Neurogenetics

, Volume 5, Issue 3, pp 177–185

A G301R Na+/K+-ATPase mutation causes familial hemiplegic migraine type 2 with cerebellar signs

Authors

  • Maria Spadaro
    • Department of Neurological Sciences, 1st Medical SchoolLa Sapienza University
  • Simona Ursu
    • Department of Applied PhysiologyUlm University
  • Frank Lehmann-Horn
    • Department of Applied PhysiologyUlm University
  • Veneziano Liana
    • Institute of Neurobiology and Molecular Medicine CNR
  • Antonini Giovanni
    • Department of Neurological Sciences, 1st Medical SchoolLa Sapienza University
  • Giunti Paola
    • Institute of NeurologyUniversity College
  • Marina Frontali
    • Institute of Neurobiology and Molecular Medicine CNR
    • Department of Applied PhysiologyUlm University
Original Article

DOI: 10.1007/s10048-004-0183-2

Cite this article as:
Spadaro, M., Ursu, S., Lehmann-Horn, F. et al. Neurogenetics (2004) 5: 177. doi:10.1007/s10048-004-0183-2

Abstract.

Familial hemiplegic migraine (FHM) is an autosomal dominant subtype of migraine with hemiparesis during the aura. In over 50% of cases the causative gene is CACNA1A (FHM1), which in some cases produces a phenotype with cerebellar signs, including ataxia and nystagmus. Recently, mutations in ATP1A2 on chromosome 1q23 encoding a Na+/K+-ATPase subunit were identified in four families (FHM2). We now describe an FHM2 pedigree with a fifth ATP1A2 mutation coding for a G301R substitution. The phenotype was particularly severe and included hemiplegic migraine, seizure, prolonged coma, elevated temperature, sensory deficit, and transient or permanent cerebellar signs, such as ataxia, nystagmus, and dysarthria. A mild crossed cerebellar diaschisis during an attack further supported the clinical evidence of a cerebellar deficit. This is the first report suggesting cerebellar involvement in FHM2. A possible role for CACNA1A in producing the phenotype in this family was excluded by linkage studies to the FHM1 locus. The study of this family suggests that the absence of cerebellar signs may not be a reliable indicator to clinically differentiate FHM2 from FHM1.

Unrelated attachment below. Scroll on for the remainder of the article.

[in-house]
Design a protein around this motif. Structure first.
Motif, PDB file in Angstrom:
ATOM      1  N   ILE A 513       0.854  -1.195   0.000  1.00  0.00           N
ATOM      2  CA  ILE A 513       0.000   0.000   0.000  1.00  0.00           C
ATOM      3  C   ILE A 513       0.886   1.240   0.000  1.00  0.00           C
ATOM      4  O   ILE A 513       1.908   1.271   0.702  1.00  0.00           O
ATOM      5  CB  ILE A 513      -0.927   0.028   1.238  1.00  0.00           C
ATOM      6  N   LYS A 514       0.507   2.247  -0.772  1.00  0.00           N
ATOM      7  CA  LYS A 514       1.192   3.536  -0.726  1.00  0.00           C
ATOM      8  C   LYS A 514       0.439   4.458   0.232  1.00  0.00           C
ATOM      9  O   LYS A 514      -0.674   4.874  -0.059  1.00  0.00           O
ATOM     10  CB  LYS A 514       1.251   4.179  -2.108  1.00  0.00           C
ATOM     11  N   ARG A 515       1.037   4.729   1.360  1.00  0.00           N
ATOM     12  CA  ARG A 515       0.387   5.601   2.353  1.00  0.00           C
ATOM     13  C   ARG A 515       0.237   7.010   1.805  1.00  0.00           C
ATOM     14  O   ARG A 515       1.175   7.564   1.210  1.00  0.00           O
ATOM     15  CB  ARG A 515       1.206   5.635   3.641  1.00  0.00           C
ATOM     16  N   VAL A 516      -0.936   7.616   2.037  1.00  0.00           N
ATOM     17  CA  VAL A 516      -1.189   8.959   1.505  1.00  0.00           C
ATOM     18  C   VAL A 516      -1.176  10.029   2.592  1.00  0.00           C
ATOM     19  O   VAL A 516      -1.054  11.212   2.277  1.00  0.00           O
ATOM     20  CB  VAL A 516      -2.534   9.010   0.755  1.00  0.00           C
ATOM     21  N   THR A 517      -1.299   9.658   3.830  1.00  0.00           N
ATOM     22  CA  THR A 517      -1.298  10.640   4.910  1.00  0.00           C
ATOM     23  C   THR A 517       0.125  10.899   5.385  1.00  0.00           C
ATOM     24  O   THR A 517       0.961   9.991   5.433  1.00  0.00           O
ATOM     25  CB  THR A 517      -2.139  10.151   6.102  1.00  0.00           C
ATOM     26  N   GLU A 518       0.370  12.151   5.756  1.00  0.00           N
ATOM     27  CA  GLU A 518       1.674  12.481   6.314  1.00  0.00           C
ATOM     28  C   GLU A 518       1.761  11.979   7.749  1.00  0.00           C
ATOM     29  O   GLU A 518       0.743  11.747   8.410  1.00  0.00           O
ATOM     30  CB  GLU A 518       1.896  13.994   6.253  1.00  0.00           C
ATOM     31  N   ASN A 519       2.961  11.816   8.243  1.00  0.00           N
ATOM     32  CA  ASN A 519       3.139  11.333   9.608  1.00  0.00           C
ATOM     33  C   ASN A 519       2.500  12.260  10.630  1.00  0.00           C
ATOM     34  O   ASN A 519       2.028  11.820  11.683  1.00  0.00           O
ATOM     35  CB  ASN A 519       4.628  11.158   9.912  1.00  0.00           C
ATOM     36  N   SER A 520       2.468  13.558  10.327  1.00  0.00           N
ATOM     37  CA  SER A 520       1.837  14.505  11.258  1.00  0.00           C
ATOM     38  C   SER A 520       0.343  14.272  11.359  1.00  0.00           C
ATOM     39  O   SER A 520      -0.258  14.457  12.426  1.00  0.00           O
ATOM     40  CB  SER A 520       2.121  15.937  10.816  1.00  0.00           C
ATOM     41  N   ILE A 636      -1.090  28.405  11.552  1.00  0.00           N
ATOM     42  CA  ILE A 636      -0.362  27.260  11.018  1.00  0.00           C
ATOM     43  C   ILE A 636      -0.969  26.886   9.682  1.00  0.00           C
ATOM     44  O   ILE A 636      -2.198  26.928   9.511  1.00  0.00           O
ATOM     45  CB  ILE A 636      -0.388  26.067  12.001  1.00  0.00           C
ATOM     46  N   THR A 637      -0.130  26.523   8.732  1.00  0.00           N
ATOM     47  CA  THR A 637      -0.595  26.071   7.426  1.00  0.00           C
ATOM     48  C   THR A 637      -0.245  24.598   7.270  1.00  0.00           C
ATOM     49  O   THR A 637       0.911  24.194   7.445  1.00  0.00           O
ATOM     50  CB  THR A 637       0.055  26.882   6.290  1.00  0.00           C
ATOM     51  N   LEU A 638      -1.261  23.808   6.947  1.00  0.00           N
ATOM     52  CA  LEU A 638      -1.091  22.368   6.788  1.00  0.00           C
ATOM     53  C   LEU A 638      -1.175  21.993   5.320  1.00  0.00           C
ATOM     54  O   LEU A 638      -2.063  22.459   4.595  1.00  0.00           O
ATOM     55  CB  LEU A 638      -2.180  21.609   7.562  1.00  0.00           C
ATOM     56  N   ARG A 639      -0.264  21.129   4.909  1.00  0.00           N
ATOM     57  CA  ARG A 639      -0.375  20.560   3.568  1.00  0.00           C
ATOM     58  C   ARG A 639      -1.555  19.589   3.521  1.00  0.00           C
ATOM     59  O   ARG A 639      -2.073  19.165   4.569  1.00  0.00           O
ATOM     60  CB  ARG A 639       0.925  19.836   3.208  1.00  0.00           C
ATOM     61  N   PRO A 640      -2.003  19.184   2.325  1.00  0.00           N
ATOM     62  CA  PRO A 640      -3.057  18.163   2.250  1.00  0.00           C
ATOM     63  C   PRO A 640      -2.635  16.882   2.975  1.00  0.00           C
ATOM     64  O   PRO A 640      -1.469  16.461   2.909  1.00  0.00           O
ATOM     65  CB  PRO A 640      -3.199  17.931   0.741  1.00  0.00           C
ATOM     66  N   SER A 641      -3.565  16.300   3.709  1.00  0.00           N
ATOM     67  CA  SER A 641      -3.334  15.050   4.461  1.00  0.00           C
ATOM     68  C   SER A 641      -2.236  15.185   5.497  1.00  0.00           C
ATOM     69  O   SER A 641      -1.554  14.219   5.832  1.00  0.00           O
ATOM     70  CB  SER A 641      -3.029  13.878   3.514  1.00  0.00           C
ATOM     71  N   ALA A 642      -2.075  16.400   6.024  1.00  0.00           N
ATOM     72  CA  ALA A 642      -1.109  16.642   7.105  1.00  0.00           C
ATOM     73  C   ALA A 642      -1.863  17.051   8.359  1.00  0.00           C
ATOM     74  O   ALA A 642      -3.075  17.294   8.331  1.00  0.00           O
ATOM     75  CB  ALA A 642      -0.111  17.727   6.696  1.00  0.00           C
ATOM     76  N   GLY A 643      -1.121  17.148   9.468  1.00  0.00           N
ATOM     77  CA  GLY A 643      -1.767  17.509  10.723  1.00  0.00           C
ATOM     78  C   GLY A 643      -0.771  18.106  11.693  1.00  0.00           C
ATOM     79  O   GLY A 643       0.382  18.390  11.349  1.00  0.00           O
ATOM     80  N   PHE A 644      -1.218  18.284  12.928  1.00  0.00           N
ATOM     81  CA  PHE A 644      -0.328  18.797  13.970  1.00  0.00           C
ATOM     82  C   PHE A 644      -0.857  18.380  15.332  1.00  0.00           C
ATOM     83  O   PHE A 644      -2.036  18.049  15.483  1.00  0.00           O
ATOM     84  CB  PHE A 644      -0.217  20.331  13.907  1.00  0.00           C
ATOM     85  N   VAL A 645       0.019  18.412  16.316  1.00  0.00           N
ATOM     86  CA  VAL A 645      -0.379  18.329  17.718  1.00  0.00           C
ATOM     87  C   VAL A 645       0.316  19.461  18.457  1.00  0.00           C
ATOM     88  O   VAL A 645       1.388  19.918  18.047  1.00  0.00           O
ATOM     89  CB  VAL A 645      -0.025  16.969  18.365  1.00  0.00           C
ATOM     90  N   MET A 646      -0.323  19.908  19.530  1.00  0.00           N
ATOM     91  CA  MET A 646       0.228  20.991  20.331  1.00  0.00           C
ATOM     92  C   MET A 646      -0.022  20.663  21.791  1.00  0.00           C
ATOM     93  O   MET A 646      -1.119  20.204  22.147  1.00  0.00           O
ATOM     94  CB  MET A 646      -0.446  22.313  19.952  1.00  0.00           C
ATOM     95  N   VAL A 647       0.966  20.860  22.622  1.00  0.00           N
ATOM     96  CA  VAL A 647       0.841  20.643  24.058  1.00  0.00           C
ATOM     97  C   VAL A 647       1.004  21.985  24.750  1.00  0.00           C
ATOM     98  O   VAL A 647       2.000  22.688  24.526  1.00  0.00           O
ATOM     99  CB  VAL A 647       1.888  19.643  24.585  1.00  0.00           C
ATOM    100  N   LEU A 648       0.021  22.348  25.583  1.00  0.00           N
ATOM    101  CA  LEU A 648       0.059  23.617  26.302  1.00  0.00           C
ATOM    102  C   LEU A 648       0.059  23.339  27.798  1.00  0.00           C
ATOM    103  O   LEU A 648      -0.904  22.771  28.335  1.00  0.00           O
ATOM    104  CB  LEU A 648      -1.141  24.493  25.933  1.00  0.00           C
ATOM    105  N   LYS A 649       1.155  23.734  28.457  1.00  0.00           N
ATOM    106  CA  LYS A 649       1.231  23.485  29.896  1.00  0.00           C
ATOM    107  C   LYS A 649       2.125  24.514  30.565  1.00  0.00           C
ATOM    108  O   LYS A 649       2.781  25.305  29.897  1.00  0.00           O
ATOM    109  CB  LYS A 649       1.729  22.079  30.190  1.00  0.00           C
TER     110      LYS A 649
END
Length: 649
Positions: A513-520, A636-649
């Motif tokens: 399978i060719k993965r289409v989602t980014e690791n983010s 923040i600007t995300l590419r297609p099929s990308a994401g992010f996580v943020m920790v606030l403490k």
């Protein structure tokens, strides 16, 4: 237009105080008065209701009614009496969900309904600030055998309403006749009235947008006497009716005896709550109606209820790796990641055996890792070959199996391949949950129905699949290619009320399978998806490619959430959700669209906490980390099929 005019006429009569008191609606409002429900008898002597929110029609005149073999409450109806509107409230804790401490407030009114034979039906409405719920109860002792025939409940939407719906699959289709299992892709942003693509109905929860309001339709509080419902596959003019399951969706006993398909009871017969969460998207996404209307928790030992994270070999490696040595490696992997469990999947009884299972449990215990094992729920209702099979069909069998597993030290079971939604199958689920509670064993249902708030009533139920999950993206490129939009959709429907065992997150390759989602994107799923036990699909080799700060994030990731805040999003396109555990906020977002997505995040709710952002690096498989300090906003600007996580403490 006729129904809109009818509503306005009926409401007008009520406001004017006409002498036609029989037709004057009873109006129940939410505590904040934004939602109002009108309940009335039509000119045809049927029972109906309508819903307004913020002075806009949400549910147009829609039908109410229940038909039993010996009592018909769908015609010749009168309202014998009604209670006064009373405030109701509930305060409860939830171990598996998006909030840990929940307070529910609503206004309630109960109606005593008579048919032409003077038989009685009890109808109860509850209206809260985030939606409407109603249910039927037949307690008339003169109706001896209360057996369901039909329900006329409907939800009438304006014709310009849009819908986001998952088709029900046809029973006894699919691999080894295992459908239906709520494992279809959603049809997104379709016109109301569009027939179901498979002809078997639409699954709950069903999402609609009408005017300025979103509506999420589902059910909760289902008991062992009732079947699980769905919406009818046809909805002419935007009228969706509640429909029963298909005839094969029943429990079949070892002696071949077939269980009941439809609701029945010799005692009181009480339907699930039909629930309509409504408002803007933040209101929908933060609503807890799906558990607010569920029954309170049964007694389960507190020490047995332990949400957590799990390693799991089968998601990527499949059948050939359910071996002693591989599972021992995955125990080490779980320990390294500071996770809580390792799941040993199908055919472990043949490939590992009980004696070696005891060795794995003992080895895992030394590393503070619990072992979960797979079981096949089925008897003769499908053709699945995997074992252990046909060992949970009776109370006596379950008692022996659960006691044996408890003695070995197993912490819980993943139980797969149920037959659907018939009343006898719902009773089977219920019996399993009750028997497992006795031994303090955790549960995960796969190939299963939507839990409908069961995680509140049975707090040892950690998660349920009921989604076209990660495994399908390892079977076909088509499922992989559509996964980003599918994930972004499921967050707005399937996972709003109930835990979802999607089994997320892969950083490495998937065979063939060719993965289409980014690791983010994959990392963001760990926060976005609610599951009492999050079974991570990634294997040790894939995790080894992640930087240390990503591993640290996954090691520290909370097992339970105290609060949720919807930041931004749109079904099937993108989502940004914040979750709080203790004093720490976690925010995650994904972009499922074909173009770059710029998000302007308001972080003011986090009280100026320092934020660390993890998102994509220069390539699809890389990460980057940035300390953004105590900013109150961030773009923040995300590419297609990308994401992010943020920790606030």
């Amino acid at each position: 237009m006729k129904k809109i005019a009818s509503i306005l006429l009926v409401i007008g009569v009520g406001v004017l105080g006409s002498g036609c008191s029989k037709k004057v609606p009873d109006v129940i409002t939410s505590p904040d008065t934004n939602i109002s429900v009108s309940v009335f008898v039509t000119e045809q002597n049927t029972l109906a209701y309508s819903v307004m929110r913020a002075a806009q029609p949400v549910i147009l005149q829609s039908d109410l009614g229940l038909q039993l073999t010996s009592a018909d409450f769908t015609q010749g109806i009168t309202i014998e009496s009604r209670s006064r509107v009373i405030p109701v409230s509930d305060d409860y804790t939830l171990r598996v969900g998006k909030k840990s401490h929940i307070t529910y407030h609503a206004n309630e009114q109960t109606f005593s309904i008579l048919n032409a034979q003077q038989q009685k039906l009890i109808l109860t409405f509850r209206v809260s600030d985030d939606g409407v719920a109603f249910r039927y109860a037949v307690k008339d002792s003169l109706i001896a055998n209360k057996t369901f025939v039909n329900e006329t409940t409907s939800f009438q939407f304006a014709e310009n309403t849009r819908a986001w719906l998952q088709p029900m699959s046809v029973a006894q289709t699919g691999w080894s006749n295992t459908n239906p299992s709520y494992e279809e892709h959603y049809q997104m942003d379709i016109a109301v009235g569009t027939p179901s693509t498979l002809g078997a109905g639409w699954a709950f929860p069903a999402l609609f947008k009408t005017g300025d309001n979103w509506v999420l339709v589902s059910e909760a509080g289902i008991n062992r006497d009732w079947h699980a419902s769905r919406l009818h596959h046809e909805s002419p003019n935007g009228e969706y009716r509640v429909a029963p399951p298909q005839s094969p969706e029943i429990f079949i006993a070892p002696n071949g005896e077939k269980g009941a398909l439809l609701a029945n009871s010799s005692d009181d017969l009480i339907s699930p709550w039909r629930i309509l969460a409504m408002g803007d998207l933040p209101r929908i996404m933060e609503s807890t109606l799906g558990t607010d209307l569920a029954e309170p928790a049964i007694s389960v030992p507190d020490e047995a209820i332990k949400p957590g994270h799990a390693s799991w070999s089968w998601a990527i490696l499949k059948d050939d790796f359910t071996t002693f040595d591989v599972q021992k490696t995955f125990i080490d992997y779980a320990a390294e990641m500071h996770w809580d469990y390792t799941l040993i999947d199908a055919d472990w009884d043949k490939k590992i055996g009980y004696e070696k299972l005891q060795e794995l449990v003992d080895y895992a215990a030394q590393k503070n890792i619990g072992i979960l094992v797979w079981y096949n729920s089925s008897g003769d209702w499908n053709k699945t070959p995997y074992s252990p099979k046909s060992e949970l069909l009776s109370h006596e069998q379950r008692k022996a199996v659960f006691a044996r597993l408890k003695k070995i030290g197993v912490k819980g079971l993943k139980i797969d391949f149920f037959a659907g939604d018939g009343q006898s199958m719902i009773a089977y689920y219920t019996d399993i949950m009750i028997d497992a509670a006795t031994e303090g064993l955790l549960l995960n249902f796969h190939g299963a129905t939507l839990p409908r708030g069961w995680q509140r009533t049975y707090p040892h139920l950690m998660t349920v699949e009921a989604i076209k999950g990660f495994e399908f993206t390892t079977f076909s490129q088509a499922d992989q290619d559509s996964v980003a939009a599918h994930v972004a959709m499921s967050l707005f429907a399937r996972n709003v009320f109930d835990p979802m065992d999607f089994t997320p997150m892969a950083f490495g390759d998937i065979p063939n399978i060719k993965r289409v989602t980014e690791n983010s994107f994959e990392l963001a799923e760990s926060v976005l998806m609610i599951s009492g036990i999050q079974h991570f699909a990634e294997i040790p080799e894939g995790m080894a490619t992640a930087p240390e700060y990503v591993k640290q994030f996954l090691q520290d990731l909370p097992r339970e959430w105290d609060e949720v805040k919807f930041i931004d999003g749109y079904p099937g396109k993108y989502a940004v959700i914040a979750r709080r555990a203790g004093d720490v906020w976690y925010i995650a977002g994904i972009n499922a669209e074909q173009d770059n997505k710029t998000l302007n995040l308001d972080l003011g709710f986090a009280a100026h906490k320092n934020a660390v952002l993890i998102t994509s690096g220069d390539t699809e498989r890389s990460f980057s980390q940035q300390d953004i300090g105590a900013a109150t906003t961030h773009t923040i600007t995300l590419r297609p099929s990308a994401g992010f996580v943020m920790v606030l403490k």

Keywords

Hemiplegic migraineCerebellar diachisisATP1A2FHM2 mutation

Copyright information

© Springer-Verlag 2004